And that's what matters, isn't it? In fact, the less we blather about the creative process, the better. No possible good can come from revealing the number of hours we spent on a book or the extent of our labors. The effort is part of our pact with the Muse. And secrecy should be a part of it too. We may have to pay in blood to make the final product seem natural and effortless.

But, all in all, art's worth the price. And the Muse makes a wonderful mistress.

So...let's all smile and shut the hell up.

Thursday, November 14, 2013

A Hot Tip for the Serious Readers

My reading interests vary, as do yours, from time to time. I love mysteries, thrillers, adventure...and also literary novels.

I've just finished a terrific contemporary take on the classic Wuthering Heights. And on the strength of this book, I'll be looking for more by this author.

The Book: Bird of Passage.
The Author: Catherine Czerkawska
My review:

Wednesday, November 13, 2013

Hitting the Sweet Spot at Fifty...or Later

My new post on Authors Electric deals with Lawrence Sanders and other famous writers who succeeded later in life. Sanders's strategies may be of special use to some:


Tuesday, November 12, 2013

Reb MacRath, Action Manifester! Flash Bulletin #3

This flash is another game changer. Nearly six months into this adventure in manifestation, I had an insight that changed me:

The insights and tools I've made use of this far have all worked well: the rotations of five questions, the new 2 to three-day Playbooks, the list of 'inspired actions'...But, without abandoning those, I needed to sharpen my focus. Something to guide, even compel, me to take relentless daily action. Analysis was helpful. And planning was still groovier. But I needed a weapon to take to the field--one whose power would grow with each skirmish. And I needed a way to keep my sense of urgency ALIVE.

I invented the weapon 11/7-11/9 and put it to use 11/10, hacking at enemy hurdles that stand between me and my goals: financial, artistic, personal, physical. And I began with a driving sense of the need for secrecy. This has never been one of my strong points. By nature, I'm inclined to share and answer almost any question. No more. 

Among the things I won't discuss online: anything relating to my 'business office': release dates, numbers of sales, red hot links I use, etc...These things I'll share only with the most trusted friends and supporters

Among the things I will discuss? Oh, Lord, the blog won't die! It'll be livelier than ever here with posts about writing itself, writers I have known, reviews and more.

Timeline: This first version of the weapon has a 1-year timeline that will end 11/09/2014. At the end, I will share the specifics I've held back through the year--including sales. I'll list the goals I set--which I accomplished and where I fell short.

 Keeping it honest: I have one adviser to help me gauge my progress and to keep this on the level. I'll report to her twice a month with actions taken and results.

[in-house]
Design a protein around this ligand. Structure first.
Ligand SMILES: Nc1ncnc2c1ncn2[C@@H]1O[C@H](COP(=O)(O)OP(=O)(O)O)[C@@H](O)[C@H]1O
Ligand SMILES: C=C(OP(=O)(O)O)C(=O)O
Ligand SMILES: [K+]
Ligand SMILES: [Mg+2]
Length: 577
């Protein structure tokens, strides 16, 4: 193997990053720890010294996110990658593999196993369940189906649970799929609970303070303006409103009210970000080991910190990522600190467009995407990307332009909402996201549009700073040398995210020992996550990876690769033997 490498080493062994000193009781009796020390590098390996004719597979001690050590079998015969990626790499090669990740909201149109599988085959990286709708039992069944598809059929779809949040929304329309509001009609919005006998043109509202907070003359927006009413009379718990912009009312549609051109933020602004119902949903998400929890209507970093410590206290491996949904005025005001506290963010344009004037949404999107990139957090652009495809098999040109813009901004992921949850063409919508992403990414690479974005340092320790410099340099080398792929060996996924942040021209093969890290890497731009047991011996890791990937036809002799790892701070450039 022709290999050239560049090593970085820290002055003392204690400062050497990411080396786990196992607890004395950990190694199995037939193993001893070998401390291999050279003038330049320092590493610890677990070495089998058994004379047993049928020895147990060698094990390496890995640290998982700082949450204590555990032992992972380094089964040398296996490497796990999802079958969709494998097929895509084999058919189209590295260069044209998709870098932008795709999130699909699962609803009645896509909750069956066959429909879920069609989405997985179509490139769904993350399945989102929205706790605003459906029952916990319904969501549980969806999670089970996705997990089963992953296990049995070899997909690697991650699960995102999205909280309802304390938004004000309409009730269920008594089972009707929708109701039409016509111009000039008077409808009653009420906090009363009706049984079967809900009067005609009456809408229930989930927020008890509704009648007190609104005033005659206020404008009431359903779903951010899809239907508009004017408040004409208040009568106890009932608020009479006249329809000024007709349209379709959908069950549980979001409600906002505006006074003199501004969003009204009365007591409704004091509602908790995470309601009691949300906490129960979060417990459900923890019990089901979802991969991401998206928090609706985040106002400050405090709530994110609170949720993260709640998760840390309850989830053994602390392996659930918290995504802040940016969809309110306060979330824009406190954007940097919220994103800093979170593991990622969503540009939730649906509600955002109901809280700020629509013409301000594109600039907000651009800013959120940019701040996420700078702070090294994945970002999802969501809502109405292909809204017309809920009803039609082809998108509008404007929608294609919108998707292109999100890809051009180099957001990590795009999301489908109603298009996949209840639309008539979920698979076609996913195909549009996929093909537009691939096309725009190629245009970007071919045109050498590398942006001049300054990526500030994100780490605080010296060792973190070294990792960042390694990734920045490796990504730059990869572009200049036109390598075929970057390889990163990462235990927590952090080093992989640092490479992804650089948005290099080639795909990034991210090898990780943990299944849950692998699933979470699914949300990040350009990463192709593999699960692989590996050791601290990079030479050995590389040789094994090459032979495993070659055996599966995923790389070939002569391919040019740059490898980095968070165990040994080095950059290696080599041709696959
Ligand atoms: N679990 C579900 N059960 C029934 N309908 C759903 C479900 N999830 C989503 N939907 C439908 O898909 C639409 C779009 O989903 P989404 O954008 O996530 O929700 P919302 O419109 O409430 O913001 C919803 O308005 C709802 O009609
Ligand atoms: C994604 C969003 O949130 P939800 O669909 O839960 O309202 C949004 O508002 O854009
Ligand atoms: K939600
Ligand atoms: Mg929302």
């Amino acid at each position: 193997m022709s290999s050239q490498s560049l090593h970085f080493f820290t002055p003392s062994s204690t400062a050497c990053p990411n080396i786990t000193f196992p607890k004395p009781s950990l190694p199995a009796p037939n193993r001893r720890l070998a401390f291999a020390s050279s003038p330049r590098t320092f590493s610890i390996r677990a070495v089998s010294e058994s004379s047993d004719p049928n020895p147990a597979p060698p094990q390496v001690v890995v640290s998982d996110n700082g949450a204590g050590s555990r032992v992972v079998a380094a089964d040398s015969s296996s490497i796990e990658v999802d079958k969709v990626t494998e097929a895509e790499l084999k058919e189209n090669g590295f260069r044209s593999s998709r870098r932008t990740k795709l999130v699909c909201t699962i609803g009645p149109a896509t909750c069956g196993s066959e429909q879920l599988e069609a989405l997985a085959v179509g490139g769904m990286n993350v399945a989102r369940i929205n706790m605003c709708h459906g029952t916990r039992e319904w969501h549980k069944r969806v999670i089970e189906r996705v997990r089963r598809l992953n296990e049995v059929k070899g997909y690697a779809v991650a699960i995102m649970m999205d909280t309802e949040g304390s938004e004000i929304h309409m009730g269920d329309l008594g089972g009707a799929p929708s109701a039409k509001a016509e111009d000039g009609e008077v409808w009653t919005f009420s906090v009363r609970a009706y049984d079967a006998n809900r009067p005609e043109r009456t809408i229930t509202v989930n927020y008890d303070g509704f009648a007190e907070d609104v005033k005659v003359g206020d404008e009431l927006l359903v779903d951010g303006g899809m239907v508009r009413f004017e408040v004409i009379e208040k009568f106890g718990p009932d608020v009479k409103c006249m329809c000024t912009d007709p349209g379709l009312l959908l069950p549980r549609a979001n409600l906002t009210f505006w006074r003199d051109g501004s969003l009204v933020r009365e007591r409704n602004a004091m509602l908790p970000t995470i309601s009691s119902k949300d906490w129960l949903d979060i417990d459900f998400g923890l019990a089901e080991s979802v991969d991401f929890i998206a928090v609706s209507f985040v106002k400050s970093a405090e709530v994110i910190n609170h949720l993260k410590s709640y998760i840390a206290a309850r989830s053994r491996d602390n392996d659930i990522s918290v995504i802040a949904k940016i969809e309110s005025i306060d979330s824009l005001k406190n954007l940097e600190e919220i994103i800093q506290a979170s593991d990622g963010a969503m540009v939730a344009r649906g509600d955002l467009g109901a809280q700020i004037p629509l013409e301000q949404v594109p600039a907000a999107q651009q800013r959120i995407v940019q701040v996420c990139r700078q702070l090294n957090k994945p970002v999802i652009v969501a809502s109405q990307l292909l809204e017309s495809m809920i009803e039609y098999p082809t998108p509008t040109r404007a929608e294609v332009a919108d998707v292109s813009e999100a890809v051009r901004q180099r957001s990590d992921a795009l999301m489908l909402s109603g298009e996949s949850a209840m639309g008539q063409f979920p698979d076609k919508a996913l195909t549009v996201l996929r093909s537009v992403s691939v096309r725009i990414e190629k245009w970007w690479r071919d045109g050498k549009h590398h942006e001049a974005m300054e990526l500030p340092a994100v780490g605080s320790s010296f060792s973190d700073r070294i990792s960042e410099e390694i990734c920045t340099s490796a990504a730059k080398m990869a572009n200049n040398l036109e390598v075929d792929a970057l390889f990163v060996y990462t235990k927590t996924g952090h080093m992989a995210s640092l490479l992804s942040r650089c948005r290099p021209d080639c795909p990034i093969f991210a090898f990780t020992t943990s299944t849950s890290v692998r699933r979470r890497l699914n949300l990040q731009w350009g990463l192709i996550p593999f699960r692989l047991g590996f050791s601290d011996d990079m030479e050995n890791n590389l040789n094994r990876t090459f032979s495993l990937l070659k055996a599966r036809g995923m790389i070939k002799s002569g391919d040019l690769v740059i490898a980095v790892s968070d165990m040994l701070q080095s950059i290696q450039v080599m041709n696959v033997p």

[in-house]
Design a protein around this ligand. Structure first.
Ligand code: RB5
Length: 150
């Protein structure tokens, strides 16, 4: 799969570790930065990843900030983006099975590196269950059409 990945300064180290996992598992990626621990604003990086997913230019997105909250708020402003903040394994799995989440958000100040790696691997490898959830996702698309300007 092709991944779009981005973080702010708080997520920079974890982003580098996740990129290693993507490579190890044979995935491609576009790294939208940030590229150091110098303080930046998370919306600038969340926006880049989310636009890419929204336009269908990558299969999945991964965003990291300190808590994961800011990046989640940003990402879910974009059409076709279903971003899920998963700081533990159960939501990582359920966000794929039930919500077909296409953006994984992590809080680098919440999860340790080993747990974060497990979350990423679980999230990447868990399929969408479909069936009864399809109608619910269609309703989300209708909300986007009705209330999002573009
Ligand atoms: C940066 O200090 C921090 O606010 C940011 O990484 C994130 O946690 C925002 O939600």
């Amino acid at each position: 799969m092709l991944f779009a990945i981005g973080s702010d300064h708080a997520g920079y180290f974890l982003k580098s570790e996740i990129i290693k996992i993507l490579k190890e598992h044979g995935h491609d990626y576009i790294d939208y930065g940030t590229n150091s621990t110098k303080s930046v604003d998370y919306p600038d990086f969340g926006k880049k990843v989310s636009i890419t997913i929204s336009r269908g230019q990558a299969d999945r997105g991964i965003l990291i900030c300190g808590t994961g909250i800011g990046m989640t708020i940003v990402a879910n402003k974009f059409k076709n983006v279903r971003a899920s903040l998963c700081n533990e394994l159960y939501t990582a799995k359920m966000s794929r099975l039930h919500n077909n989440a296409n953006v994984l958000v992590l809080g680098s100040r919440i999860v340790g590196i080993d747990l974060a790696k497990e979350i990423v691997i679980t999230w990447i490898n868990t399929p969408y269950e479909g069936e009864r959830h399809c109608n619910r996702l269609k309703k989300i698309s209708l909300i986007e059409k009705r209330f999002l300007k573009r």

All will be revealed in November 2014. 

Once I've passed the finish line, I'll share the wealth will all.

Saturday, November 9, 2013

Coming Attractions: Next Week!

I know. This blog has seemed almost inactive, with little but touts for the three-day event (11/5-11/7).

But next week this blog will be jumping. You'll  find throughout the week:
1) A summary of the free event, with my own impressions about what makes an event a success.
2) A new Action Manifesting Flash Bulletin, revealing a new strategy that I will implement on 11/15.
3) A review of a novel you really should read.
4) A post that I must keep top Secret.

And...more? I'm never working harder than when I don't seem to be working at all.

Monday, November 4, 2013

It's okay to get excited now

Starting tomorrow, for three days, you can download a classic in horror--for free. And it's okay to be a little excited about your not paying a penny for an award-winning novel that's been streamlined and retailored for today. 

It's quicker and clearer. And the ending packs more punch.

The 25th Anniversary Edition of The Suiting has real terror in every stitch. So do get a little excited today...then download for free tomorrow!

Event dates are 11/5-11/7

Saturday, November 2, 2013

Three-Day Free Event: The Suiting!

'One of the 100 most influential horror novels' will be free three days next week:


The Suiting: 25th Anniversary Edition is a streamlined, retailored version of the Stoker Award-winning novel that went on to be optioned for film.

Brad Strickland wrote of this anniversary version:

Twenty-five years ago Kelley Wilde wrote 'The Suiting,' a Stoker-award-winning horror novel that made quite a splash. Now Reb MacRath, the man behind the Kelley Wilde pseudonym, has reissued it in a somewhat revised version. It still packs a terrific punch. You might say it swings a mean--a real mean--bat. As for the story, it is mystical and horrific all at once, engrossing and involving in the same way that Stephen King's work is when King is on his game.

An old horror has come back with a new name and a hot new hair-do. Do your Kindle a favor and bag it for free. My way of thanking you for letting me return under the name Reb MacRath.